(Denial, anger, bargaining, plyometrics – Duffee has been through it all. PicProps: Sherdog)
It’s been almost a month and if you’re still having trouble wrapping your head around how Todd Duffee managed to get himself fired from the UFC after just one kind of fluky loss, you’re not alone. Duffee doesn’t seem to know exactly what to make of it, either. We’ve heard rumors of him faking injuries, turning down fights and having an all around piss-poor attitude, but the actual facts of the situation are still murky at best. One thing we know is true, however: At this point Duffee seems legitimately bummed about it. In a new article from Old Dad over on MMA Fighting, Duffee (and a few others) discuss the hard realities of getting fired from the only job they’ve ever really wanted. This MMA can be a pretty harsh mistress, fellas.
"I’m back to where it’s kind of hard to admit that I’m a fighter,” says the Duffmeister. “When I finally made it into the UFC, all the people who thought I was stupid for pursuing this (career) sort of shut up about it. You could tell people, ‘I’m in the UFC.’ Now I’m back to where I don’t really want to tell people what I do."
Say what you will about him but damn, that sucks.
The latest piece of third-hand hearsay about Duffee’s release – and, again, there’s no way to really know fact from fiction here – indicates it was a confluence of events that turned the Octagon Overlords against the big guy. It goes a little something like this: Duffee allegedly turned down fights with James McSweeney and Jon Madsen, told the UFC he needed time off to do a movie and then talked some junk about the company to the wife of someone important. There may have been a knee injury mixed in there somewhere, too.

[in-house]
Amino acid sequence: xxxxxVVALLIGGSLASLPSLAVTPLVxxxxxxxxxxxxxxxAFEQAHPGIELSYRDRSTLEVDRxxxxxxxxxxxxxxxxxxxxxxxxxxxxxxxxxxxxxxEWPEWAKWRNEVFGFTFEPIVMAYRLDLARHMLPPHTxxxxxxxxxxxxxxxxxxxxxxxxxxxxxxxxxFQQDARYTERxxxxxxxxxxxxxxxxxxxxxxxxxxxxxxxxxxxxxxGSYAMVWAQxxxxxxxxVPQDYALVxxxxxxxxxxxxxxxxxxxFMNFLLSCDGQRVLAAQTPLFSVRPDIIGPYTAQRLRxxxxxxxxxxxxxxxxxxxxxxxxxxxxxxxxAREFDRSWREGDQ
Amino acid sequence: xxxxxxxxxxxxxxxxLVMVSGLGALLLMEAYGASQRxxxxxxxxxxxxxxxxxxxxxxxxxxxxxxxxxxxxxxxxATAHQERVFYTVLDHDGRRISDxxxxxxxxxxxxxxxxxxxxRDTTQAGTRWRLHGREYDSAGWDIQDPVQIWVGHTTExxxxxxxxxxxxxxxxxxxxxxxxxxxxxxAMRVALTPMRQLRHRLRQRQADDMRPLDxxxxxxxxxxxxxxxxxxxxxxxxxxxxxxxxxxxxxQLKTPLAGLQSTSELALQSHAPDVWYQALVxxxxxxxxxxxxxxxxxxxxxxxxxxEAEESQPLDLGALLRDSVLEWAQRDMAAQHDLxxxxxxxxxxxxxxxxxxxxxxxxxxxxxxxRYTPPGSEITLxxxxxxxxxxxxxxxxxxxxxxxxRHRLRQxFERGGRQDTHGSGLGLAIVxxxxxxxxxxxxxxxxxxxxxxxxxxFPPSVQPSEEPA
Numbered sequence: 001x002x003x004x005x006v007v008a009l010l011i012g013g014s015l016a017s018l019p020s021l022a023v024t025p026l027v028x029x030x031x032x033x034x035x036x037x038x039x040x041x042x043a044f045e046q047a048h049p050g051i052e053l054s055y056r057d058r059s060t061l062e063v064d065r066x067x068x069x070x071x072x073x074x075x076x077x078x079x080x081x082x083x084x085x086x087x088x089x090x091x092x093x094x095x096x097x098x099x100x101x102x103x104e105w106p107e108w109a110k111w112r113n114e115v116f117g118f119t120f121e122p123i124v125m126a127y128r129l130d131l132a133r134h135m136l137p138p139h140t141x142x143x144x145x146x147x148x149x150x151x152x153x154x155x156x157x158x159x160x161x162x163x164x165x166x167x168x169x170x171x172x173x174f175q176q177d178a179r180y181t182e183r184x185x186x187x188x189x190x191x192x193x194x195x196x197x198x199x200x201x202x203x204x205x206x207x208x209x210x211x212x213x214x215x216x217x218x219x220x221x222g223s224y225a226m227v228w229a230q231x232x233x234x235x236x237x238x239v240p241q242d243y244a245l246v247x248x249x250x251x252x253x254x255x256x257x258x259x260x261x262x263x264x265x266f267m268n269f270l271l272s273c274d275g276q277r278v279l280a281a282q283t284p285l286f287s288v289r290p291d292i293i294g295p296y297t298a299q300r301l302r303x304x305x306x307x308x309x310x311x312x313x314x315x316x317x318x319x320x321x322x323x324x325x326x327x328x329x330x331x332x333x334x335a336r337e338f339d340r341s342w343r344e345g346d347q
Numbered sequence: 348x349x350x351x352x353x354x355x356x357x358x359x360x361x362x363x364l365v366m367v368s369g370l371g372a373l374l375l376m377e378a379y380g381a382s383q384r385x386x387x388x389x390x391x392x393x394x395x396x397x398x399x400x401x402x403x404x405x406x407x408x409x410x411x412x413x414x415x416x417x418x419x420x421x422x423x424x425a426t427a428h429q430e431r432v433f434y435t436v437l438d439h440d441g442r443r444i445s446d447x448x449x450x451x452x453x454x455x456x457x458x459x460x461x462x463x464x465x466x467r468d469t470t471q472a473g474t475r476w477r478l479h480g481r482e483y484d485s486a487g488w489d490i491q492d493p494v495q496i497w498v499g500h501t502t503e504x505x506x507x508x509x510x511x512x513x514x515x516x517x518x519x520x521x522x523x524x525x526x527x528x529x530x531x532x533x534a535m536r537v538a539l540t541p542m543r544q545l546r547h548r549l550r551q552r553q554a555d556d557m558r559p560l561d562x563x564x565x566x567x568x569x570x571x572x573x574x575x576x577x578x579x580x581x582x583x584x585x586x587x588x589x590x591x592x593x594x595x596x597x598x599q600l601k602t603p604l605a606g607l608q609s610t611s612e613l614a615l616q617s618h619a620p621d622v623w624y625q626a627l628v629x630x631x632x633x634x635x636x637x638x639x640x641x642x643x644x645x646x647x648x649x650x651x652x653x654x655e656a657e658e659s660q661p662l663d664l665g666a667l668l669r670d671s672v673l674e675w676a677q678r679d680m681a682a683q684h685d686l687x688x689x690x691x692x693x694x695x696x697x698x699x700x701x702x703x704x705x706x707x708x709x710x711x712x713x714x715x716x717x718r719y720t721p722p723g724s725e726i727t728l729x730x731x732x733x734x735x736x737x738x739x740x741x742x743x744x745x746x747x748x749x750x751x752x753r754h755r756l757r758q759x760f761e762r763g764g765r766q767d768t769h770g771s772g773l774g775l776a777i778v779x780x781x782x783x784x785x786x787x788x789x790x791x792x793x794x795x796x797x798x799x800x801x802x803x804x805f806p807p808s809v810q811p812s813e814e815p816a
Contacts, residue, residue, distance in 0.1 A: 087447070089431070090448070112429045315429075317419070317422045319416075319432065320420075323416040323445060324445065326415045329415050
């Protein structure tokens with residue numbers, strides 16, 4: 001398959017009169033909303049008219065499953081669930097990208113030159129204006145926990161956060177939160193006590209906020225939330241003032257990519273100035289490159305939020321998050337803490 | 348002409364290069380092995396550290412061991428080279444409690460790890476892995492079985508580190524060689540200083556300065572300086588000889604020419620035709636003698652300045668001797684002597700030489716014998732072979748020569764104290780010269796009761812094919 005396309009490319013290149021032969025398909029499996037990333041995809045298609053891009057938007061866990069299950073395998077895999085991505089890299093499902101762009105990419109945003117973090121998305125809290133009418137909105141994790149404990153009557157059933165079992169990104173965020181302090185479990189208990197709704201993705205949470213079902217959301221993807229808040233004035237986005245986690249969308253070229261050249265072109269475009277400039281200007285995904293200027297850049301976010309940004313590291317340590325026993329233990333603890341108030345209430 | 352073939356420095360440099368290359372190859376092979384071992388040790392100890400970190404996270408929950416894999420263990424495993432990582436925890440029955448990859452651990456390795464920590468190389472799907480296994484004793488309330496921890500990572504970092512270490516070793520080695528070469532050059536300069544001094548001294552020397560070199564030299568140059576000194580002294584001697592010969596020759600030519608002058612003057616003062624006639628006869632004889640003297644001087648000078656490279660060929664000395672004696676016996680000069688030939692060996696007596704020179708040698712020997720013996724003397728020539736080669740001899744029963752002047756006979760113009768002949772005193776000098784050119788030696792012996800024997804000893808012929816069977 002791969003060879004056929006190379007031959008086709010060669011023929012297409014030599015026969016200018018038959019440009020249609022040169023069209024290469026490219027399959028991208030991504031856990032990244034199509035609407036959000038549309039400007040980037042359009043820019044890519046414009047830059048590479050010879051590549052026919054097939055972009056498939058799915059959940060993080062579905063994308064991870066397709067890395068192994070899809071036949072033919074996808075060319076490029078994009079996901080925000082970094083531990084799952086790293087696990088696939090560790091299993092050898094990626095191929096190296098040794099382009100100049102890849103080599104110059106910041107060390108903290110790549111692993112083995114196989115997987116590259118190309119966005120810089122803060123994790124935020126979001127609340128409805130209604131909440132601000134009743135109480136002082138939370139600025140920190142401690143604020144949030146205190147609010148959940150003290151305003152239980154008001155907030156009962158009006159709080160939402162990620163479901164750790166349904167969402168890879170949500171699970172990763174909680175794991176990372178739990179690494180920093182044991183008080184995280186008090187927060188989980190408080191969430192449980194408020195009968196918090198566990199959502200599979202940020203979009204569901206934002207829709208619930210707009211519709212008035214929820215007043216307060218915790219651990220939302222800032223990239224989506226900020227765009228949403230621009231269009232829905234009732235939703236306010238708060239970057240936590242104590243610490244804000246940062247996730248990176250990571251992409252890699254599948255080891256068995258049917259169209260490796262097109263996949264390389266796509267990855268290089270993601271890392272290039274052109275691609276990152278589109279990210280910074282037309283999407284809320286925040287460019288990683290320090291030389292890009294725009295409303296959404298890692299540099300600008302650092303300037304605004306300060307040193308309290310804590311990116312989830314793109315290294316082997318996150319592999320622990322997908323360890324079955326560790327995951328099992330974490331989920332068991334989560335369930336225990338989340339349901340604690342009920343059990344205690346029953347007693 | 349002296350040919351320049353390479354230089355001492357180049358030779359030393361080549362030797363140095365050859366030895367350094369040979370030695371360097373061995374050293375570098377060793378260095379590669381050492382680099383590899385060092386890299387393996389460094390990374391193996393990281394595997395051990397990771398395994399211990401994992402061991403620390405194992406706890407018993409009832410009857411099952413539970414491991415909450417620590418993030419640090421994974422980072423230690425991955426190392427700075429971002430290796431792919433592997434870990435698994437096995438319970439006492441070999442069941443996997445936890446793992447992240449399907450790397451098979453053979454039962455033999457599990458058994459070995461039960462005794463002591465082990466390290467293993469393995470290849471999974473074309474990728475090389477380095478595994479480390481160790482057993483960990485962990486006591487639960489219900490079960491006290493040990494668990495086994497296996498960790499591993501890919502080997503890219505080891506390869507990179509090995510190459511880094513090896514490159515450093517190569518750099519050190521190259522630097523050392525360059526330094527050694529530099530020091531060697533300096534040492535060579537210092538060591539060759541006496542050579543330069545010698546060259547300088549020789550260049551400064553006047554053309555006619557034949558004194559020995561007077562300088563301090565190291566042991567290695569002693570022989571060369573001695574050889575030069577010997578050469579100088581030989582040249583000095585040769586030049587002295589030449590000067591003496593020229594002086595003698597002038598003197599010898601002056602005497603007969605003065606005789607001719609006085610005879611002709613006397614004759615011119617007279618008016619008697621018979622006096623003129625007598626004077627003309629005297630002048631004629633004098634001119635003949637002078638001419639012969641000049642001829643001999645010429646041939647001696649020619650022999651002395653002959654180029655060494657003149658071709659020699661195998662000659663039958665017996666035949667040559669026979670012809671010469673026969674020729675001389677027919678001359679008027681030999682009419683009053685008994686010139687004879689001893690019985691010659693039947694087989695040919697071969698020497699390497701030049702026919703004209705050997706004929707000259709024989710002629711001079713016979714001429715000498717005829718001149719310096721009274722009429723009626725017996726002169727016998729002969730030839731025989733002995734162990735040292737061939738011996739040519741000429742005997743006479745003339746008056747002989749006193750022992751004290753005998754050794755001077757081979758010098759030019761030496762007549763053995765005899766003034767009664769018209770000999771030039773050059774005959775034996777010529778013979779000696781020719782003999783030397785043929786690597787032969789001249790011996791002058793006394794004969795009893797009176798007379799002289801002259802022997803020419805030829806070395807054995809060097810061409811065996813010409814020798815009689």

Whatever happened, the UFC released Duffee pretty much out of the blue last month, some three months after he got knocked stiff by Mike Russow at UFC 114, in a fight Duffee had been dominating up to that moment. The timing of the firing was weird, even for a company known to have an itchy trigger finger when it comes to cutting loose its dead weight. As usual, it sounds like the fighter himself was the last to know.
"I thought it was a joke at first.," Duffee says. "I mean, they’re not cutting me off one loss. They don’t do that. It didn’t make sense to me."
Doesn’t make much sense to us, either. Dana White has said Duffee just had a “horrible attitude,” but it’s hard to know how much stock to put in that assessment, since White’s idea of a good attitude for fighters typical equates with “do whatever I say, whenever I say it.” We’ll probably never know the whole truth, but here’s hoping Duffee finds a new home soon.